‘ Old music, re-framed or brought into new circulation, can be as dynamic and unpredictable as new music. Its work is not done by the end of its own epoch. This was always so, but once, only a small number of people truly knew it; scholars, mostly, who understand that the past evolves by our understanding of its context. People like Mary Beard, the Cambridge professor of ancient Greek and Latin languages and history, who wrote in a 2012 essay that “the study of the Classics is the study of what happens in the gap between antiquity and ourselves.” ‘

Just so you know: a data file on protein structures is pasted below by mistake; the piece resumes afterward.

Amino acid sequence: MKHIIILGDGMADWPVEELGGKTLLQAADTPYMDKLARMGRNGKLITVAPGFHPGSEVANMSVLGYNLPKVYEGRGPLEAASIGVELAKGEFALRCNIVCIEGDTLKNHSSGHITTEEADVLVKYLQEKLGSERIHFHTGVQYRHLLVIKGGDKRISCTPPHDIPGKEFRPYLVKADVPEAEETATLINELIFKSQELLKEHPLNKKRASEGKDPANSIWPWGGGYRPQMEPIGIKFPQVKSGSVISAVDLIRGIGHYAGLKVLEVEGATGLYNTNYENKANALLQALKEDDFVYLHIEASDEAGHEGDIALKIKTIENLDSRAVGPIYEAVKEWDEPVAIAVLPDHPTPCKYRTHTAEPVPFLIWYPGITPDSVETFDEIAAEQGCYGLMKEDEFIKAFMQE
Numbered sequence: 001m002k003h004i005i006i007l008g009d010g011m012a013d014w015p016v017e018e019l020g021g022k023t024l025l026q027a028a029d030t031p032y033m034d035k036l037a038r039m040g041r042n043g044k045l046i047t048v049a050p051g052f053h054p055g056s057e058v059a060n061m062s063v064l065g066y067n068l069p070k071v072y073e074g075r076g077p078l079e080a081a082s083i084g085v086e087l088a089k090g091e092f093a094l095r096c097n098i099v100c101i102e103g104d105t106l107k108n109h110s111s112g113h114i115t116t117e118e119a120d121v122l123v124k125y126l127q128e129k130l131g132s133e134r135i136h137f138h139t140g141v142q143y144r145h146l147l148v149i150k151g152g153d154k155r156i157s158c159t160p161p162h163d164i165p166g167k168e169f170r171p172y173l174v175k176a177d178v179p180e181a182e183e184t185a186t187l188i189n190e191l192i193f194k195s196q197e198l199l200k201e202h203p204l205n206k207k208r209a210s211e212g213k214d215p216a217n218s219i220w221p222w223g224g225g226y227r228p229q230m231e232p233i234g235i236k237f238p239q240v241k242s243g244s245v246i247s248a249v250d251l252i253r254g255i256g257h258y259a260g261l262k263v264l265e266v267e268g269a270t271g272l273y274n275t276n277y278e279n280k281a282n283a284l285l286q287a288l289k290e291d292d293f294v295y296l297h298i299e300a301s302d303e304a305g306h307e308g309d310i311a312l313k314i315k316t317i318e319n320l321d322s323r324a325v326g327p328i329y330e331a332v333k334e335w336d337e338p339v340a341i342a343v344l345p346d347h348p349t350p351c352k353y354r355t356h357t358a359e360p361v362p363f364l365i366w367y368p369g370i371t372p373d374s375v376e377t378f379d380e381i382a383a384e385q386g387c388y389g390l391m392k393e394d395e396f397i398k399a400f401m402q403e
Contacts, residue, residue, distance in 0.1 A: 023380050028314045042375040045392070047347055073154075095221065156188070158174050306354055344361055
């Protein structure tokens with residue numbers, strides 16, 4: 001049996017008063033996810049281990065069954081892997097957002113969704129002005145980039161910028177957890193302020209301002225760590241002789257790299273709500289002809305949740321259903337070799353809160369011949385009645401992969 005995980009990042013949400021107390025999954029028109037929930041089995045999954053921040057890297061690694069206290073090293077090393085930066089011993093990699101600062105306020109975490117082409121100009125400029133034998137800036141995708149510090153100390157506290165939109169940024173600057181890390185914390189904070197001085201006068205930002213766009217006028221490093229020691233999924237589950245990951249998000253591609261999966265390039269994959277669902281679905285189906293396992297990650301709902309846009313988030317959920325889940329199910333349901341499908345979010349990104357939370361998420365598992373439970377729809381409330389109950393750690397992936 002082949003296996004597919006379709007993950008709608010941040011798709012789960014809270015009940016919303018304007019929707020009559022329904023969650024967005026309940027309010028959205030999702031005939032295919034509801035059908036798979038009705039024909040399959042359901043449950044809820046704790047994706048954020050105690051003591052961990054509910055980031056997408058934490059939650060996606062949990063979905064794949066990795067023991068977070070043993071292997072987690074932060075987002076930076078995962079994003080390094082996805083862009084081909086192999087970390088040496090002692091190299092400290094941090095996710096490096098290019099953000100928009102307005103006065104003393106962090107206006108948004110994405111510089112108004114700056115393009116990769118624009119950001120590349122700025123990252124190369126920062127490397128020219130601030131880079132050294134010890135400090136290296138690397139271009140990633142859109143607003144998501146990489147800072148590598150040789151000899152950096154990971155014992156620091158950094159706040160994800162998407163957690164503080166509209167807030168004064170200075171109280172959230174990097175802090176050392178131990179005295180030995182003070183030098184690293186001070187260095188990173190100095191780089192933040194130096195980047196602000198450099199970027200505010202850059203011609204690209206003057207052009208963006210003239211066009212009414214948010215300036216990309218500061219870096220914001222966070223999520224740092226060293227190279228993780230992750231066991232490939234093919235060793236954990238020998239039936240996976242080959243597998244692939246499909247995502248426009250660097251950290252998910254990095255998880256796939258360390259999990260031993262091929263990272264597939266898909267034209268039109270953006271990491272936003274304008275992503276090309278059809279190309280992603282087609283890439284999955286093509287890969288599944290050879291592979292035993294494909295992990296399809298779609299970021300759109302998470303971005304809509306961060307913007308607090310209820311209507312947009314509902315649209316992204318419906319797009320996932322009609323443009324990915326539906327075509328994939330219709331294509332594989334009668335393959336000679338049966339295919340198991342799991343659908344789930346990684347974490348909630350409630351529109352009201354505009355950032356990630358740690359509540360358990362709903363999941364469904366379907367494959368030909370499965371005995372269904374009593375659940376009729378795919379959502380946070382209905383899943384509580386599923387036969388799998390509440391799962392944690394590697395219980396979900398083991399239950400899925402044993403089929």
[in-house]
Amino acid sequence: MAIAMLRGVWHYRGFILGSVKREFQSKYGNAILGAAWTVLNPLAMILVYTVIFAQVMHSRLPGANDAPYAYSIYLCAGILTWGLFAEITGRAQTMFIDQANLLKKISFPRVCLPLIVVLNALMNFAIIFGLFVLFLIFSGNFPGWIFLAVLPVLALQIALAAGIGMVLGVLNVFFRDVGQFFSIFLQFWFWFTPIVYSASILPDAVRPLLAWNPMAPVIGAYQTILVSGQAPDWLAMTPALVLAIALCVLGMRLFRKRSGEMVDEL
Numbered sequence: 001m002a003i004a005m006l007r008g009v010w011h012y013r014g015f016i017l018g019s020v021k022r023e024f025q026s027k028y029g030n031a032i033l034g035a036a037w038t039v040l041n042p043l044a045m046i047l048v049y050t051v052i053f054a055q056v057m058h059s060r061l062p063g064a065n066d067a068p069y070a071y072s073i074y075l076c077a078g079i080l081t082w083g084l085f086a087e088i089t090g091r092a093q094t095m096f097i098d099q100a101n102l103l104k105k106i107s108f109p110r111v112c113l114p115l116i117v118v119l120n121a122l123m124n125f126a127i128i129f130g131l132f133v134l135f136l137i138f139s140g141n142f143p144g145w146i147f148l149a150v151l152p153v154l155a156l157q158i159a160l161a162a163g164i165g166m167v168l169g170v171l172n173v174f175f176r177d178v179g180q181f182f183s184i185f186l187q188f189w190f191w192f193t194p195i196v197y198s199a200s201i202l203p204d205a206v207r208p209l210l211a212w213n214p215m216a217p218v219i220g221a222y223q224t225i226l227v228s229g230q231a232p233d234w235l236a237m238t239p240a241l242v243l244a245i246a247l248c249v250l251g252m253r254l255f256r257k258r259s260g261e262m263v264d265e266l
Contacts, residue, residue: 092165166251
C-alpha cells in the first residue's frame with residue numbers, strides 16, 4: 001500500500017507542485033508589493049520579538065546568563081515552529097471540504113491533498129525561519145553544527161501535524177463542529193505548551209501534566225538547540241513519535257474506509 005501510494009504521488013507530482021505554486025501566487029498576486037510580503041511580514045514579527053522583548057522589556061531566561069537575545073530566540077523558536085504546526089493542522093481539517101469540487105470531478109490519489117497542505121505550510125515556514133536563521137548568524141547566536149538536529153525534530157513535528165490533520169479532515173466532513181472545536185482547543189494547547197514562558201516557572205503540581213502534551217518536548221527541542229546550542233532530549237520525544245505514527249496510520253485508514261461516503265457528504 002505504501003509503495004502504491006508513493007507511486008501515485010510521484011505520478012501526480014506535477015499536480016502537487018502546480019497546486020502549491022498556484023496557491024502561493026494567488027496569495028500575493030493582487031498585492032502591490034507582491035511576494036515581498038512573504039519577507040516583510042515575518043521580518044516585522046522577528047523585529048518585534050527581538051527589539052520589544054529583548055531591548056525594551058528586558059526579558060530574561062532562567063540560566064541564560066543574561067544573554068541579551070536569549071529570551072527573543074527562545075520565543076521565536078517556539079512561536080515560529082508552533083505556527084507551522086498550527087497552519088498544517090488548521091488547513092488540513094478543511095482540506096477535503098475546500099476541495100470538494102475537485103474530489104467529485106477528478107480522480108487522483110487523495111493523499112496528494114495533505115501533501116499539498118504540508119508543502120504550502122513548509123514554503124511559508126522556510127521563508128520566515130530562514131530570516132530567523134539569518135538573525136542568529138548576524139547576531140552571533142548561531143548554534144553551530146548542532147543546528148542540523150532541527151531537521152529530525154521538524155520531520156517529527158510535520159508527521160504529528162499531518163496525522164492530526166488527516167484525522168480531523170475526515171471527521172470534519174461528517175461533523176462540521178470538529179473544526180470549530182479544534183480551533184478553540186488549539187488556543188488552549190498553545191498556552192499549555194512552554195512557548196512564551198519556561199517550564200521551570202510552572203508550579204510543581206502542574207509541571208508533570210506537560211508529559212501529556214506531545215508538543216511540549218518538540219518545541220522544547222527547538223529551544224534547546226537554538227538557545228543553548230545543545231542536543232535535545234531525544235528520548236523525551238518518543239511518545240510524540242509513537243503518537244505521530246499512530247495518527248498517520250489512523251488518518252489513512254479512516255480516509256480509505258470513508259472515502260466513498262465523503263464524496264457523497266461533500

[‘Within The Context Of All Contexts: The Rewiring Of Our Relationship To Music’, by Ben Ratliff Music News From NPR .]
The same may be said of other sorts of artifacts from before. An old building, maintained and put to a currently valid use, helps those inhabiting it appreciate the mores and tastes of past era(s). Without the building itself, discussion of day-to-day living thereabouts in times gone by lacks tangibility and context. The greatest of arguments for the conservation of human inventiveness is perhaps that criteria for valuing what was evolve over time, and destruction deprives the yet-to-be-born of an understanding of past creativity that enriches their perspective. We can expect that future generations will value old artifacts in different ways than we do.